When I put the bar, chain and metal plate back on and run it the bar throws a lot of incredibly clean oil. But also, there appears to be a bit of oil that isn't making it onto the bar and is oozing out from under the metal plate. I think it then goes into the gap between the casing and the oiler mechanism


20160529_084805.jpg


This picture was taken after I first put it back together. I cut a tiny branch with it to make sure the clutch was on tight - and you can clearly see the oil and sawdust that is in the top left. For the most part, oil was only where you'd expect to find it as a result of it flinging off the chain. With the exception of the drip running down from the lower right part of the oiler. There was also a decent amount of oil under the metal plate.

I did the test runs 3 times (only cutting wood the very first one) and all three results look the same. Each time the chain was flinging a lot of oil - something it didn't do before. Its raining a lot here today (Raleigh NC) so I can't go cut some real wood with it to see how it performs.

Here's some thoughts on some of the other responses and ideas that were posted (BTW, I really appreciate all the input). The bar is cosmetically hysterically bad - its clearly had a hard life - but from a functional point of view I'd say its fine. Its also not blue from being heated up, so I'm guessing the oiler issue hasn't been too bad for long, or it hasn't really cut any big wood and was used for limbing (which is why I intend to do with it).

I'd rather not replace the bar if its functional - I'd hate to waste a functional (but ugly) bar and the money on a new one unless its totally necessary.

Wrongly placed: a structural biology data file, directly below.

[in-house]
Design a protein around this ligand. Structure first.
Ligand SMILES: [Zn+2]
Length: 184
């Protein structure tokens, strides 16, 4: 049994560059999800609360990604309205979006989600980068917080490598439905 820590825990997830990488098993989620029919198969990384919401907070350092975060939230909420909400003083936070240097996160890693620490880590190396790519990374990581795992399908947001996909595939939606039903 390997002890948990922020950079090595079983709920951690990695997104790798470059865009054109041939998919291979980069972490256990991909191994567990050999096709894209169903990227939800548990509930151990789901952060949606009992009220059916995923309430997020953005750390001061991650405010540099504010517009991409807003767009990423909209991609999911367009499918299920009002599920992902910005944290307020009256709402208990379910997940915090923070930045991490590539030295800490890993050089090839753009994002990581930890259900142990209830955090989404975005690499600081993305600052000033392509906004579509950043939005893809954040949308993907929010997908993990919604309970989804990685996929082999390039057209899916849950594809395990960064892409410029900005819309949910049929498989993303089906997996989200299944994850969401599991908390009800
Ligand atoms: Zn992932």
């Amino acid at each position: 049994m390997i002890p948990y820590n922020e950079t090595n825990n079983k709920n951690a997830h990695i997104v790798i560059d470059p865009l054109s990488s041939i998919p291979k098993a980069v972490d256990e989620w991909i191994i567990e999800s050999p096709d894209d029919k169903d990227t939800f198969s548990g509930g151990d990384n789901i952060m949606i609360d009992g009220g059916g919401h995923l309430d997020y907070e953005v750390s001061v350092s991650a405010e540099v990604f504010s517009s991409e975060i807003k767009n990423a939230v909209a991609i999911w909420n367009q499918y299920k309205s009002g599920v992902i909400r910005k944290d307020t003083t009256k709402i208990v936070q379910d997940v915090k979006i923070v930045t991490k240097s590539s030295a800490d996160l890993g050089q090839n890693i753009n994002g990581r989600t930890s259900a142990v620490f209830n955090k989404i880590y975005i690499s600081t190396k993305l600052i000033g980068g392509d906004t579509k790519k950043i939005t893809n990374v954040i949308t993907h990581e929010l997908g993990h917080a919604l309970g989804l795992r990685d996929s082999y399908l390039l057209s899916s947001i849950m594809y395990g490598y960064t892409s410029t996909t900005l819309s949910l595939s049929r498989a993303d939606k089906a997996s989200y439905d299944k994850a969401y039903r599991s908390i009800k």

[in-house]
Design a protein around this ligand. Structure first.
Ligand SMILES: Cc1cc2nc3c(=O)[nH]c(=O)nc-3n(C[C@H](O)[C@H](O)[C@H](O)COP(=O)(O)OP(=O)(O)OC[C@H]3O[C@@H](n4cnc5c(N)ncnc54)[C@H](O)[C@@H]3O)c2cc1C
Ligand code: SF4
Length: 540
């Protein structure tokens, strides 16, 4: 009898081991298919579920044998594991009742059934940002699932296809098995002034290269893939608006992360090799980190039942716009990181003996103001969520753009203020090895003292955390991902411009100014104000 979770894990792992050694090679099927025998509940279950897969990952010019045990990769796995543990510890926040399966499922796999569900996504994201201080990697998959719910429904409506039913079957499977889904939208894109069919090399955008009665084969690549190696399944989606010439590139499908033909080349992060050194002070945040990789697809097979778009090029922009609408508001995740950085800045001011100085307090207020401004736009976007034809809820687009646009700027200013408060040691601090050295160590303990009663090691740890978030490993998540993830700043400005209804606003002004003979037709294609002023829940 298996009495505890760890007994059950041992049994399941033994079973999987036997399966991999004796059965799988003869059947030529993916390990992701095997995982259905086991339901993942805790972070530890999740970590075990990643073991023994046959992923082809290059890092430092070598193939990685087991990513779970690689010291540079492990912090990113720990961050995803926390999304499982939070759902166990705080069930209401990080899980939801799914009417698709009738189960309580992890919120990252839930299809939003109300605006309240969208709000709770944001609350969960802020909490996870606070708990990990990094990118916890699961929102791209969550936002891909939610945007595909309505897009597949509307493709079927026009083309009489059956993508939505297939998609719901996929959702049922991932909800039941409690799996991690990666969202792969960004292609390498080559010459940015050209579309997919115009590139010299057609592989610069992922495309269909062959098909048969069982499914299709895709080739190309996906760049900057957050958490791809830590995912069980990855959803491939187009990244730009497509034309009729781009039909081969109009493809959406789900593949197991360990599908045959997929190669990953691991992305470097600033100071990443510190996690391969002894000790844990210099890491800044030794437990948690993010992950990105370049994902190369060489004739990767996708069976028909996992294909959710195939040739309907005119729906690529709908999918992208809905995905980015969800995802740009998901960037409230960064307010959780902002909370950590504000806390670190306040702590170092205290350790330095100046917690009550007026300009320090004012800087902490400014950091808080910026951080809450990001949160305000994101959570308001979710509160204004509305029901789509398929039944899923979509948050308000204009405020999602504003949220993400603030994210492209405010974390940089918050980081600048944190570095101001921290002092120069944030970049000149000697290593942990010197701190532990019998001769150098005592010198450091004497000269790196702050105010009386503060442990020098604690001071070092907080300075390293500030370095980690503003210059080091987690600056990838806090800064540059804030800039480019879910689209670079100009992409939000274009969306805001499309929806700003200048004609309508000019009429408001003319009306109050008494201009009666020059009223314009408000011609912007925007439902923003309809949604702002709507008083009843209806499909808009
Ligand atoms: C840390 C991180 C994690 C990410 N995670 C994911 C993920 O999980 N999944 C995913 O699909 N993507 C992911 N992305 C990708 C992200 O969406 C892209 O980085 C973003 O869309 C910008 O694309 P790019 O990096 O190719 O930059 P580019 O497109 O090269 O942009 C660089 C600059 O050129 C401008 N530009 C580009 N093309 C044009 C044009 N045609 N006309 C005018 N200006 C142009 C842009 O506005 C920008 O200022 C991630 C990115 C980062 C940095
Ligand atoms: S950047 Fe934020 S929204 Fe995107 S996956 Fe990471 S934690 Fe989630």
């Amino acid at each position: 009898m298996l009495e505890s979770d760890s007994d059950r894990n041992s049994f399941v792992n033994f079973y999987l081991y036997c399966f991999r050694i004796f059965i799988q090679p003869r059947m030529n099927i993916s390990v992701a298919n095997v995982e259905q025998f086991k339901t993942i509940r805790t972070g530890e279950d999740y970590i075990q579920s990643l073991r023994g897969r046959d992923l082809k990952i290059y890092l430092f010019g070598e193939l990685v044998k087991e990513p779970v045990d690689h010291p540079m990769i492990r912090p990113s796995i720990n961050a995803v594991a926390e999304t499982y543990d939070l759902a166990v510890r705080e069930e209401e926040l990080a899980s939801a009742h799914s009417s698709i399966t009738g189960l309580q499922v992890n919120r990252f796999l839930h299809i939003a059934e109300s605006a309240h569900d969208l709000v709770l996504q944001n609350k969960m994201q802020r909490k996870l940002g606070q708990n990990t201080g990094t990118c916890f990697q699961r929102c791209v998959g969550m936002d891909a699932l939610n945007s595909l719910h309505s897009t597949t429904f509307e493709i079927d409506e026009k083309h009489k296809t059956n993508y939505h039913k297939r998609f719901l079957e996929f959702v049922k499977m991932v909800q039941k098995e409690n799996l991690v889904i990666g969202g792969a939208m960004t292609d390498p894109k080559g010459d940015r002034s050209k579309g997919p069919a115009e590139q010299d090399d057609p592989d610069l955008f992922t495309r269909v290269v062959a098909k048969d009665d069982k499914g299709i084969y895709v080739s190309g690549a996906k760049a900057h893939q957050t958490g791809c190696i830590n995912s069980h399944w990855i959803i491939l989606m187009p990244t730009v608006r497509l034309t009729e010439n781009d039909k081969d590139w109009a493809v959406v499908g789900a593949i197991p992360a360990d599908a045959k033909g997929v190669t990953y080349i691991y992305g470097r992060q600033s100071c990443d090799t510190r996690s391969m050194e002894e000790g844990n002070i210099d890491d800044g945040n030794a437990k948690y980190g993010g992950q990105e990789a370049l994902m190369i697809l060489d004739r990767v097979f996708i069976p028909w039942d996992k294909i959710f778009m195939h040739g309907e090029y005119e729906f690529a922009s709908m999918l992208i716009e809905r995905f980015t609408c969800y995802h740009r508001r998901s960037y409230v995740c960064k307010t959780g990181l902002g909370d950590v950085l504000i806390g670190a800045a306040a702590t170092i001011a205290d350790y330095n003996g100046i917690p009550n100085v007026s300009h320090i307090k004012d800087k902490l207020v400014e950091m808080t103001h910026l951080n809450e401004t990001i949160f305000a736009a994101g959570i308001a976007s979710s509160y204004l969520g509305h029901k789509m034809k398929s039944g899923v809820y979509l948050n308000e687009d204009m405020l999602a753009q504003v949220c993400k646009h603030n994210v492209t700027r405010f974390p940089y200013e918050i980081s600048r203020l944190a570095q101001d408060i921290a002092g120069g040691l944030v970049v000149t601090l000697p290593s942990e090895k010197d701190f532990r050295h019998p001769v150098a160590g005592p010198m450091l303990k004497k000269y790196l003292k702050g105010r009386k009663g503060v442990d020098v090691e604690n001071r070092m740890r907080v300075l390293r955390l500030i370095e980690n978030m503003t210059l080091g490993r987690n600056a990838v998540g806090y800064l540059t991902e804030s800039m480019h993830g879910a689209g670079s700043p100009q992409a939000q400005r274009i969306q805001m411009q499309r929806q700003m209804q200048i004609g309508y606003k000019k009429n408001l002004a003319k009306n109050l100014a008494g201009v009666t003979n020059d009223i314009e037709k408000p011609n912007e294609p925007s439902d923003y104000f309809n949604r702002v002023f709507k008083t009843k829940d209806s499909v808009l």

I think my next step is going to be to make a very small gasket / dam out of RTV or some other gasket that I find lying around and put it between the metal plate and the casing below the oiler slot. Hopefully that would keep the oil from oozing all over the place. If that doesn't work, I'll try filing the metal plate so the oiler slot matches the somewhat odd semi-triangular shape of the oiler slot in the engine casing.

Is there anything else I should consider?
 

jetsam

Minister of Fire
Dec 12, 2015
5,283
Long Island, NY
youtu.be
Is there anything else I should consider?

If it keeps leaking, I would take the clutch off, pull the oil lines, thoroughly clean all oil off of that whole area with paper towels, reassemble it, run it for a couple seconds, then disassemble it again (sorry) and look for leaked oil whereever the rubber tubing meets a fitting of any kind (tank to feed tube, feed tube to oil pump, oil pump to discharge tube). Those fittings and the lines between them (plus the pump itself) would be my first suspects for an internal oil leak. Could just be a flared, hardened-at-the-end bit of tubing.
 
Status
Not open for further replies.